But I don’t think Liu Xiaobo is really a great thinker or philosopher to promote peace thoughts. If people want to know that, more about peace, they should read Dalai Lama or Gandhi or so on. I don’t think people can expect this from Liu Xiaobo. I think we should put Liu Xiaobo to the place where he belongs. He loves freedom, he wants that. His countrymen also enjoy freedom and he knows the best way to achieve it is to use your rational thinking and to use nonviolence methods. So I don’t think an individual can learn a lot from him about the philosophy of peace. I don’t know whether I’ve answered your question.
Ingles: No, I appreciate that honest answer because what I think you’re saying is that his story needs to be understood in the context of his life in China.
Ingles: And what he has been trying to do in the face of difficult circumstances to say the least. Can you envision a way that he might find early release? What would have to happen in your view for him to be out of prison before 2020?
Liao: Well, this is really very difficult to say. If he had won the Nobel Prize maybe five years ago or eight years ago, his chance to be released earlier is very great, it’s very large. We all noticed how the Chinese government reacted to the Nobel Prize this time, and this really hard and shameless reaction of the State power to one single person is just unacceptable. This government just behaves as it is. It shows its true face. It shows its true face not only to Liu Xiaobo but to the whole world, also to the American people, to their friends, to their enemies, or (who) they thought were enemies. All the same, they just want to show one thing: power. I have to tell you I really feel quite really powerless…
I wish that, I used to think, even in November, I thought maybe after the awards ceremony in Oslo, the government would become a little bit, well, somehow they don’t feel so much openly offended or to lose their face, and maybe they will show some gestures. But you know, we heard nothing, not only from Liu Xiaobo, but not even from his wife Liu Xia. We know nothing. The only thing I know is that Liu Xia’s brother is still allowed to have contact with her.
So according to all these situations, I don’t dare to say anything. My secret hope is that after two or three years, when everything calms down, the government probably will give him medical parole or something like that, but this is just wishful thinking. I don’t dare to say anything. I really feel sorry. I want to say maybe one thing: even if Liu Xiaobo has to be in prison to serve the full sentence, eleven years, I think he will accept that…with peace and with pride. He got what he deserves, the high honor, and he knows that he has to pay the price too. That’s all what I can say.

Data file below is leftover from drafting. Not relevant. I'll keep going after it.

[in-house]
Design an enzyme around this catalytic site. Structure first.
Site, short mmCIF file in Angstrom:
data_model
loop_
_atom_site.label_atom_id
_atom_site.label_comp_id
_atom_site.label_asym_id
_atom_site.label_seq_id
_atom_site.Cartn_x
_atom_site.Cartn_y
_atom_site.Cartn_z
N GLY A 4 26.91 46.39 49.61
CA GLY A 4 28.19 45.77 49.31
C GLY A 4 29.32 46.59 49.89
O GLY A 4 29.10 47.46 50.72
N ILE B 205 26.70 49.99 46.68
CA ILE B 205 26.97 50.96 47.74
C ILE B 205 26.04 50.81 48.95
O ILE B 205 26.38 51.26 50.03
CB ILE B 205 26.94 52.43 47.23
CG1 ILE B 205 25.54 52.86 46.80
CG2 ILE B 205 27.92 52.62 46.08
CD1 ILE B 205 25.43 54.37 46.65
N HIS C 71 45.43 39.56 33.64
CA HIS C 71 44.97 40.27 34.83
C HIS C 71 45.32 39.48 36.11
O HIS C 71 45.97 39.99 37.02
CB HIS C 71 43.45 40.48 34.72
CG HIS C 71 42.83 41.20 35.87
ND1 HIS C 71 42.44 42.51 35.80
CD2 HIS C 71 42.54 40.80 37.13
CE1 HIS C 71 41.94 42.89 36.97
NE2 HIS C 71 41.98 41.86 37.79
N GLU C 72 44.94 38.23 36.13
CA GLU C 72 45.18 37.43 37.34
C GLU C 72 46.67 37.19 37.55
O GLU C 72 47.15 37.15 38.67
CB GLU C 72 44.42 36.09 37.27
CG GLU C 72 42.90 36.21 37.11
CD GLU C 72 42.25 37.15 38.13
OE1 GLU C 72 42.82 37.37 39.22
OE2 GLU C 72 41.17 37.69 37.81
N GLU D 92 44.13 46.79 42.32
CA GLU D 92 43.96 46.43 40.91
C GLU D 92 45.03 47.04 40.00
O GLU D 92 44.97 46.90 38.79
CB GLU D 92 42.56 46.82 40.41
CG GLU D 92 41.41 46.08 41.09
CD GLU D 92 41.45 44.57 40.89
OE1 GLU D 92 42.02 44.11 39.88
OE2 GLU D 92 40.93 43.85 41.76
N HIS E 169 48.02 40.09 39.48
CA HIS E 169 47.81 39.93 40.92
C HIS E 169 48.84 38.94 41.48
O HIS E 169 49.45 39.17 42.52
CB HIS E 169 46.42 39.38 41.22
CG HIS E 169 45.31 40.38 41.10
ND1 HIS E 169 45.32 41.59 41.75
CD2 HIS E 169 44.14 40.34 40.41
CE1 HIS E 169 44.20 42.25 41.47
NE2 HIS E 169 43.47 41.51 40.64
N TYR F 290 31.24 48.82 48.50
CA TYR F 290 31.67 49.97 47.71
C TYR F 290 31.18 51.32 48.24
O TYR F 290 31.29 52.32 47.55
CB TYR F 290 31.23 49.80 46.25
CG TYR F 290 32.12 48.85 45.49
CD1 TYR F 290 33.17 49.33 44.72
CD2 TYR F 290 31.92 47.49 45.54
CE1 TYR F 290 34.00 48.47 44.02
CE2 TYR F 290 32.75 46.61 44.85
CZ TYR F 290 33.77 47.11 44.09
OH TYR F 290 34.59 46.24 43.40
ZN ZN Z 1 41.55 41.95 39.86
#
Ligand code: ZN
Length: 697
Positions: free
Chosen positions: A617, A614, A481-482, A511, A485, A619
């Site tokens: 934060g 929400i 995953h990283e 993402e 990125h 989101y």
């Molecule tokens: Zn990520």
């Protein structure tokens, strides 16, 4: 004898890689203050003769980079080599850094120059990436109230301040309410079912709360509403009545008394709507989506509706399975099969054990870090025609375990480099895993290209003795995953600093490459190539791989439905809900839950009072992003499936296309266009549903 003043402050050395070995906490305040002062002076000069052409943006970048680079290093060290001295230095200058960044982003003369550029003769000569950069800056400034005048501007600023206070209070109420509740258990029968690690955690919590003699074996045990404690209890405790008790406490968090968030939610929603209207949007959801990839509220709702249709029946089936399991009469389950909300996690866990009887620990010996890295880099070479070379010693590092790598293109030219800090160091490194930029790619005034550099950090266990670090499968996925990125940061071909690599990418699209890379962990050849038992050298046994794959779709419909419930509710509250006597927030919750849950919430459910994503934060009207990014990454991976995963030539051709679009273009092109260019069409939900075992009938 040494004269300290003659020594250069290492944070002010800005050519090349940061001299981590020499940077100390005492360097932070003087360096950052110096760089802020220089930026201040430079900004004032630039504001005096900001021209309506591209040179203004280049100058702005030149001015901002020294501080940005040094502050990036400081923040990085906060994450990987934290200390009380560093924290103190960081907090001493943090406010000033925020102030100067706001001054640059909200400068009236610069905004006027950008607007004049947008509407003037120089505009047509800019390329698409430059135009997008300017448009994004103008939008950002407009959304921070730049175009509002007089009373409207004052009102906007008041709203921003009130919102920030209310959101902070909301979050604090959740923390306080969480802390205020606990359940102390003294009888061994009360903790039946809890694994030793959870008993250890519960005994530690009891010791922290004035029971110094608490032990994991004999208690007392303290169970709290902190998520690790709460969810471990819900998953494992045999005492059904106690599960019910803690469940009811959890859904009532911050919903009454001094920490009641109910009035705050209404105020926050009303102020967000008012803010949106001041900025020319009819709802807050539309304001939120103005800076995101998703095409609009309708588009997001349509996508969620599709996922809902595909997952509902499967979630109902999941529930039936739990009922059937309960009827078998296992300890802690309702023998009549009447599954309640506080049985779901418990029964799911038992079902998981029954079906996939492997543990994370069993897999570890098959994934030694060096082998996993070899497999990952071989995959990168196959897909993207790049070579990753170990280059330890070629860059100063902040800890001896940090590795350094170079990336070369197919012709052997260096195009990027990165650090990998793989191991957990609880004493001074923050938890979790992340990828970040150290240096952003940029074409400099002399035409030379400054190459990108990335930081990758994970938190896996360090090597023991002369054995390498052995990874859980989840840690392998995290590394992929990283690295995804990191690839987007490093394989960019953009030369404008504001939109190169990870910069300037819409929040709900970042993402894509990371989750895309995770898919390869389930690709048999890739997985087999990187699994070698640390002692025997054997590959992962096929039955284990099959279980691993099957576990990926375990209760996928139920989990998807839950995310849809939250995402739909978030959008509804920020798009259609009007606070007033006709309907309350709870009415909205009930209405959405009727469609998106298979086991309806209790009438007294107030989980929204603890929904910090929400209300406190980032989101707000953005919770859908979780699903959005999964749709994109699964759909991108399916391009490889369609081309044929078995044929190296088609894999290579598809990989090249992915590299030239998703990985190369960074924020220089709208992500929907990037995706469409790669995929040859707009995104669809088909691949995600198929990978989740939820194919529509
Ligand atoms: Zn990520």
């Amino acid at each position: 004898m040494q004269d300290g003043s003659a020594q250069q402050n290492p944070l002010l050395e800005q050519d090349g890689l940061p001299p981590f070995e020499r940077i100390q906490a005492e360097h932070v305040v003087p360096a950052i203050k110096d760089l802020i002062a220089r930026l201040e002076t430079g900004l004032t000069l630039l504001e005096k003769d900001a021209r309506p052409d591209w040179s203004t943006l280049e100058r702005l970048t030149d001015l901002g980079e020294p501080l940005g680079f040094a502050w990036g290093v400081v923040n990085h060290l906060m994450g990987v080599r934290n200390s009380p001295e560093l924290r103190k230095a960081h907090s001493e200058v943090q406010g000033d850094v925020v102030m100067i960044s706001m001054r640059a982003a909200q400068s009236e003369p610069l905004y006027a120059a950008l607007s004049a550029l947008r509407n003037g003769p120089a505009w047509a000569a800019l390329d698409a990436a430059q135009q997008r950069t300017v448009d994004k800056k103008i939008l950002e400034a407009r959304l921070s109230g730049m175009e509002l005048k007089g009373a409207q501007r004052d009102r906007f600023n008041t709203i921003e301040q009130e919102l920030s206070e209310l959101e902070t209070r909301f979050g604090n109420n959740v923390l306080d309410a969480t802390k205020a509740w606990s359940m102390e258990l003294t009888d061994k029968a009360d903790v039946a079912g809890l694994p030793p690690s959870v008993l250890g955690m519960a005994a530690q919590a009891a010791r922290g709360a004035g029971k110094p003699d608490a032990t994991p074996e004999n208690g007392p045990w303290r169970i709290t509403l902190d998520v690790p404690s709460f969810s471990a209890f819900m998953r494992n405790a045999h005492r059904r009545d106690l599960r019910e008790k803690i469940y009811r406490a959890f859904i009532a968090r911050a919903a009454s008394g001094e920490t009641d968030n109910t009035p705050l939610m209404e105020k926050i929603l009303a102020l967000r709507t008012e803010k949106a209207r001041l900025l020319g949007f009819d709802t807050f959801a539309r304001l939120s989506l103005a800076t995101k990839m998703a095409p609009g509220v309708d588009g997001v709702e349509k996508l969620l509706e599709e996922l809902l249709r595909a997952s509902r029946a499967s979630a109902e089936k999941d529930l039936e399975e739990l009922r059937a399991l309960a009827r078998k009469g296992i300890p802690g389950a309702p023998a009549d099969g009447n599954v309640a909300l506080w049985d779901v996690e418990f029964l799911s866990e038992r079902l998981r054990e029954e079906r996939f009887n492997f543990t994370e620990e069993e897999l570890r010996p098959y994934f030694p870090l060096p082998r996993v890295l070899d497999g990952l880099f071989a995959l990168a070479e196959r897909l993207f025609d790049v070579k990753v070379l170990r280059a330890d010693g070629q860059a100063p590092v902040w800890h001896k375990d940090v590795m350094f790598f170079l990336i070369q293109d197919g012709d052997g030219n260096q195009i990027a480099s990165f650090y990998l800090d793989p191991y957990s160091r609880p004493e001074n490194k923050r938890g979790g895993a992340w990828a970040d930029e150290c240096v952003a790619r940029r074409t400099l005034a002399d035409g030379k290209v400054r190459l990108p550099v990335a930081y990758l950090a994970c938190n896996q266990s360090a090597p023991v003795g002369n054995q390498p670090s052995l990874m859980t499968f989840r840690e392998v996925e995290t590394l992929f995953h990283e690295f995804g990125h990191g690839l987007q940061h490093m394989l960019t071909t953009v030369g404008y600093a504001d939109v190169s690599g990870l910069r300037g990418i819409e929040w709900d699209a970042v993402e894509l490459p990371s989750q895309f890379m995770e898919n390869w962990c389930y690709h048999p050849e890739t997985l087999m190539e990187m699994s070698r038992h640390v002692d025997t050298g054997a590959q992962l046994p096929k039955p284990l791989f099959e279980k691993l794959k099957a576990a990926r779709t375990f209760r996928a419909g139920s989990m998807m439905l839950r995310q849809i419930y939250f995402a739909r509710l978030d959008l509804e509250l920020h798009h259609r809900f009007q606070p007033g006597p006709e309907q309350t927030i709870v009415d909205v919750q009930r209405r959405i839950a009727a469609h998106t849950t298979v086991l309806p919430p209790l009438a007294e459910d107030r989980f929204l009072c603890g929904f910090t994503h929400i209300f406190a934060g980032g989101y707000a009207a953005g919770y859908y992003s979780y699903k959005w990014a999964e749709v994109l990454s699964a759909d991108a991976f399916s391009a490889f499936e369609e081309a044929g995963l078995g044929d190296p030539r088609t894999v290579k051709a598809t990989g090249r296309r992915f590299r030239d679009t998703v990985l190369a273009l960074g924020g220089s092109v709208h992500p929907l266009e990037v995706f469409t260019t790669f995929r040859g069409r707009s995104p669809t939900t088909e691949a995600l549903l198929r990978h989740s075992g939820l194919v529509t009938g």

Ingles: Right. It sounds to me like he shares the long view that the Dalai Lama always talks of in terms of what needs to happen now, for change to come maybe a long time down the road. And it sounds like that’s what Liu Xiaobo accepts about his role in this process.
Liao: Yes. Do you know Liu Xiaobo (wrote) one article shortly before, maybe four weeks before, he was arrested. That was after the American election when Obama became President. Liu Xiaobo (wrote) an article with the title: “The Contributions of the Republicans to Obama’s Win After Election.” This article was written on November 5th of 2008. This article, you can imagine what was the content, but there was an astonishing paragraph there. Three fourths of the article was about Obama’s election, about the supreme system in the United States, about the election and this and that and how wonderful Obama becoming President as a colored person, as a young person, energetic person and so on.
Then the last part of the article was about the Dalai Lama. Liu Xiaobo said: the conflict between Chinese, Han Chinese and Tibet can only be solved… if we Chinese have the big heart to accept Dalai Lama as our president, as president of the People’s Republic of China. Then this conflict between the nationalities can be solved in a peaceful, rational, elegant way.
Ingles: And given the Chinese government’s stance on the Dalai Lama and Tibet, I can only imagine that statement at the end of his piece on the American elections did not win him any new friends in the Chinese government.
Liao: No. Not only from the authorities, but he will not win lots of admirers among the Chinese people. You know, lots of the Chinese are very nationalistic and very, I have to say, misleading patriotism. So yes, you are right.